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www.tvSmarter.com – Life in a TV Nation


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Why TV Undermines Academics & Values

 

Dr. Laura Markham has an excellent overview of the effects of TV, and why parents should limit, or even get rid of the TV.

Why TV Undermines Academics & Values

http://www.ahaparenting.com/parenting-tools/raise-great-kids/intellegent-creative-child/tv-compromises-academics

 

A sample from her article:

You recommend that kids don’t watch much, if any, TV. Why?

Because TV is addictive, and like all addictions, it has a high cost that we usually avoid acknowledging. Research shows that people who don’t watch TV are happier and healthier, have better self-esteem, and are less fearful.

Females who don’t watch TV have a healthier body image. This is all even more true for kids, because TV has a bigger impact on them. Not surprisingly, families who watch less TV are closer, and kids who see less TV become sexually active at a later age.

But let’s start with reading. We know that kids who love to read do better in school. Virtually all parents say they want their children to love reading, but most kids stop reading books that aren’t assigned in school by middle school. Only 28 percent of eighth graders score at or above the proficiency level in reading; in fact, only two percent of them read at an advanced level. What happens?

TV and reading are linked: Research shows that the more TV kids watch before the age of eight, the less they read after the age of eight. Of course, that’s a correlation, so it doesn’t prove that one leads to the other, but most researchers are convinced. If you want your children to be readers, don’t let them get addicted to TV and videos. Time spent on the one activity precludes the other. And once kids develop the habit of TV, they are less likely to seek out books of their own accord. Books — which are more work — just can’t compete with the lure of the screen.

  

I really like her question and answer format, some of the other questions are:

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New Links

 

I’ve just updated www.tvSmarter.com with a lot of new links.

Note: I also took down the “Screen-Free Week” banner (until next year), so if it still shows up on tvSmarter, just click on refresh and any new links will then show up.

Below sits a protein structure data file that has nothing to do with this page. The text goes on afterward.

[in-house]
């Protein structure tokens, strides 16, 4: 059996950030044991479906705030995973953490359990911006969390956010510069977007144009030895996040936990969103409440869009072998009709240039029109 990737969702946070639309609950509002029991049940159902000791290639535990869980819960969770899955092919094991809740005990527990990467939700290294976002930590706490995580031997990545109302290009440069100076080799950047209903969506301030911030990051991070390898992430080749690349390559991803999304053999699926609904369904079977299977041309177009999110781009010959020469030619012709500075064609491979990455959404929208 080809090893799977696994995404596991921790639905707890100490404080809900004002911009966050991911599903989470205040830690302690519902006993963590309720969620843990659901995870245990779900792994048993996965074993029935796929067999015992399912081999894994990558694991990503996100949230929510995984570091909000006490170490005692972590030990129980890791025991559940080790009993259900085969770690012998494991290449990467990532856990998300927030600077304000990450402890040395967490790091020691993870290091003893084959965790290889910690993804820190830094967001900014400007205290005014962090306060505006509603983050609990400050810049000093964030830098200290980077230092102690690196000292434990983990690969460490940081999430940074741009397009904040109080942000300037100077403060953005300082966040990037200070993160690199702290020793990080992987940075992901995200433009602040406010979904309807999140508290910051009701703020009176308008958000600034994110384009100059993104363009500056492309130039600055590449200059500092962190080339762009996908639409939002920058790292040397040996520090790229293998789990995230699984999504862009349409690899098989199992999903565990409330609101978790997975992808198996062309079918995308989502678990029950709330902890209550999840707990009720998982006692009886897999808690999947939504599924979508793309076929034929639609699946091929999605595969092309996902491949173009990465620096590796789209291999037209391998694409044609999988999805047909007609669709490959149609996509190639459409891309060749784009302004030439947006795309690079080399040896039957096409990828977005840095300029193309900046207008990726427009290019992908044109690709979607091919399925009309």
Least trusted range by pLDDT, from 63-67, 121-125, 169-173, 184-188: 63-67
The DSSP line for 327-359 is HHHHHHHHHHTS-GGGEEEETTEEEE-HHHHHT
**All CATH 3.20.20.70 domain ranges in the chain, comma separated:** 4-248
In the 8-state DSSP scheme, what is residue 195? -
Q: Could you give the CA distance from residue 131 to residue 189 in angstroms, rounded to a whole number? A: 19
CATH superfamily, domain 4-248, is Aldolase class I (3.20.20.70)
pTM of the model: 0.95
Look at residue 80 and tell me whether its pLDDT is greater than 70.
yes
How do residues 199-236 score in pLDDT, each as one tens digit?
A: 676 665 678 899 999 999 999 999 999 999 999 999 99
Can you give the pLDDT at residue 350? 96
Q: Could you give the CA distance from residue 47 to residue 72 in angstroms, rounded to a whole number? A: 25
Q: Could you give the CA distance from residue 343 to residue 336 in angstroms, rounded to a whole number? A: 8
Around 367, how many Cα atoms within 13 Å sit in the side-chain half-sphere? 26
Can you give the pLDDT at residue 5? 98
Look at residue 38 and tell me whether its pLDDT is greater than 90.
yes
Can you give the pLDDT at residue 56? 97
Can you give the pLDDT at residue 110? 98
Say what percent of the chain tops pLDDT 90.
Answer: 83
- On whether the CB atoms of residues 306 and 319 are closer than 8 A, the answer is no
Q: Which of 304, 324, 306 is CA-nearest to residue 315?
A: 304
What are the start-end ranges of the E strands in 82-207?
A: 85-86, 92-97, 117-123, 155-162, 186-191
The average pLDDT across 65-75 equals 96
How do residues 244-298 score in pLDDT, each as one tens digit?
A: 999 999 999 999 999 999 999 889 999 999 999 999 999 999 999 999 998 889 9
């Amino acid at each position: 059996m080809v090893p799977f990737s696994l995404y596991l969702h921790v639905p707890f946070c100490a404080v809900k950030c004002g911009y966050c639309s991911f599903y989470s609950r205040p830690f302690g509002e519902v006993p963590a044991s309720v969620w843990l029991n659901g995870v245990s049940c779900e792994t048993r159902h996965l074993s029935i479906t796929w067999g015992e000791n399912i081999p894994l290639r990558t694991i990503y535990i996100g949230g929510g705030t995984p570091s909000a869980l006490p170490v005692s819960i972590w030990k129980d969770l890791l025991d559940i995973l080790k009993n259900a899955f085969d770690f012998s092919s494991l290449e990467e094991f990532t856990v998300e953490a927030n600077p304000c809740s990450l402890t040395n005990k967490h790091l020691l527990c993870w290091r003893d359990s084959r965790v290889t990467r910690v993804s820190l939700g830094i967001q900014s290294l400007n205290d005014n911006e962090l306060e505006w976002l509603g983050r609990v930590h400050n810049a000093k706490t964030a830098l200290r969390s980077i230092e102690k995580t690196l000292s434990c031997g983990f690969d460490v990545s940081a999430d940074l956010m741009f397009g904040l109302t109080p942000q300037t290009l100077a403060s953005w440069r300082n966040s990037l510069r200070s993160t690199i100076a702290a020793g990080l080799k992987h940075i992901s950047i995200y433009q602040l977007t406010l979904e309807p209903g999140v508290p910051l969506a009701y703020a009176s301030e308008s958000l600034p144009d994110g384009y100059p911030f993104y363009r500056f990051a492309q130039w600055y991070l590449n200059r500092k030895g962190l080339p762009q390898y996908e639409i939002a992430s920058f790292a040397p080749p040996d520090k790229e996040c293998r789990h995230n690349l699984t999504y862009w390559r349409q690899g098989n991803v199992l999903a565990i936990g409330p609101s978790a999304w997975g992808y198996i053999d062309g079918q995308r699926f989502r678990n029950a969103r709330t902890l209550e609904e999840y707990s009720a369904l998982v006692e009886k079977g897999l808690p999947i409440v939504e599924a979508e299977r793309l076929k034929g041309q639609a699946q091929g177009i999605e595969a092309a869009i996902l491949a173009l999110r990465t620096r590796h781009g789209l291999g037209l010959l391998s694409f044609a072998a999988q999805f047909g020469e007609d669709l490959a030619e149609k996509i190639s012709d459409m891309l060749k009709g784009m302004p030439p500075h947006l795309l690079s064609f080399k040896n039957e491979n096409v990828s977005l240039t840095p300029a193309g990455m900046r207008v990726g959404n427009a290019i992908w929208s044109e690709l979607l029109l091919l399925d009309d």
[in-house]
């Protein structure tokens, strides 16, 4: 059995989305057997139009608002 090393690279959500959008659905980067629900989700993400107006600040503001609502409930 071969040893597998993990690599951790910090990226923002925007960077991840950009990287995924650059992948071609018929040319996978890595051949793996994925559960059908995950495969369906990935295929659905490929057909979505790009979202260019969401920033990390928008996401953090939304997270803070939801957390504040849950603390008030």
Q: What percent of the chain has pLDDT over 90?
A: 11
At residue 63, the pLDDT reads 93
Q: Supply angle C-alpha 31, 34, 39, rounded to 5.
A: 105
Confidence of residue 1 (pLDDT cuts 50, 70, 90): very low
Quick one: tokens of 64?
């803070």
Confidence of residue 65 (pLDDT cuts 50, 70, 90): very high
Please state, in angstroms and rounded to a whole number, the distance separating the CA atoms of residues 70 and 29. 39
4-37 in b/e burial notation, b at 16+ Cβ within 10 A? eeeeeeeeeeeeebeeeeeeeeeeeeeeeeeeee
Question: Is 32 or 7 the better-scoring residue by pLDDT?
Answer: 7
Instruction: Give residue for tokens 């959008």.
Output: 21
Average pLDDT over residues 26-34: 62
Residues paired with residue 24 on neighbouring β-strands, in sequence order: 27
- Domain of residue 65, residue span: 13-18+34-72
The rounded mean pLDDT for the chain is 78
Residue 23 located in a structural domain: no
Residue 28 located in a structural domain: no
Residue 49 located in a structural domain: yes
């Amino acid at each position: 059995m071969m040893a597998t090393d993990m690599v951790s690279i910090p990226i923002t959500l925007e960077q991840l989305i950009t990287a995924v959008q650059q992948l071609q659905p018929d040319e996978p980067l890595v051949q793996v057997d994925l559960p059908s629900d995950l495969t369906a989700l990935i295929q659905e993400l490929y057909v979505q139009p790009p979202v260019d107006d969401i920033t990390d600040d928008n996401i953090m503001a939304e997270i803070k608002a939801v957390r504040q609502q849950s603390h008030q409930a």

Here is a small sampling:

 

Blog Posts Linking to tvSmarter:

“Living Now – Television as a child development hazard”

http://www.livingnow.com.au/advertise/articles/20-issues/4347-television-as-a-child-development-hazard.html

“Junk Culture Manifesto – Quick Note On Self-Esteem & Television or Stop Exposing Yourself to Consumer Culture!”

http://junkculturemanifesto.blogspot.com/2008/04/quick-note-on-self-esteem-television-or.html

 

Overview:

Natural News – Television

http://www.naturalnews.com/television.html

Kids and TV:

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Libraries – Do They Matter?

With the internet becoming the major source for research and entertainment, are libraries even relevant any more?

Definitely yes, for a number of reasons.

For young children, libraries are essential for developing a love of reading. With so many schools grimly focused on testing and improved test-scores, reading-for-fun has too often been taken out of the school day as an inefficient use of time. But as Dr. Krashen has demonstrated in his excellent book “The Power of Reading”, kids become skilled readers when they learn to love reading, that is when they read-for-fun. The secret of reading-for-fun is having a peaceful place to read, and having access to an array of fun books to choose from. This happens to be a perfect description of a library!

In fact, studies back this up:

“Elley found the availability of books is a key factor in reading achievement. He studied the reading achievement of children in 32 countries and found that factors which consistently differentiated high-scoring and low-scoring countries were large school libraries, large classroom libraries, regular book borrowing, frequent silent reading in class, and frequent story reading aloud by teachers. The highest scoring countries typically provide their students with greater access to books in the home, in nearby community libraries and book stores, and in the school.”

“Krashen found a significant positive correlation between each (U.S.) state’s 1992 fourth-grade reading comprehension scores on the National Assessment of Education Progress (NAEP) and the number of books per students in school libraries (p.<01) as well as library use (p<.01), regardless of how much money the state spent on education per pupil. The findings suggest that for money spent on education to effect reading scores it needs to be invested in library books.”

http://www.edresearch.info/access.asp

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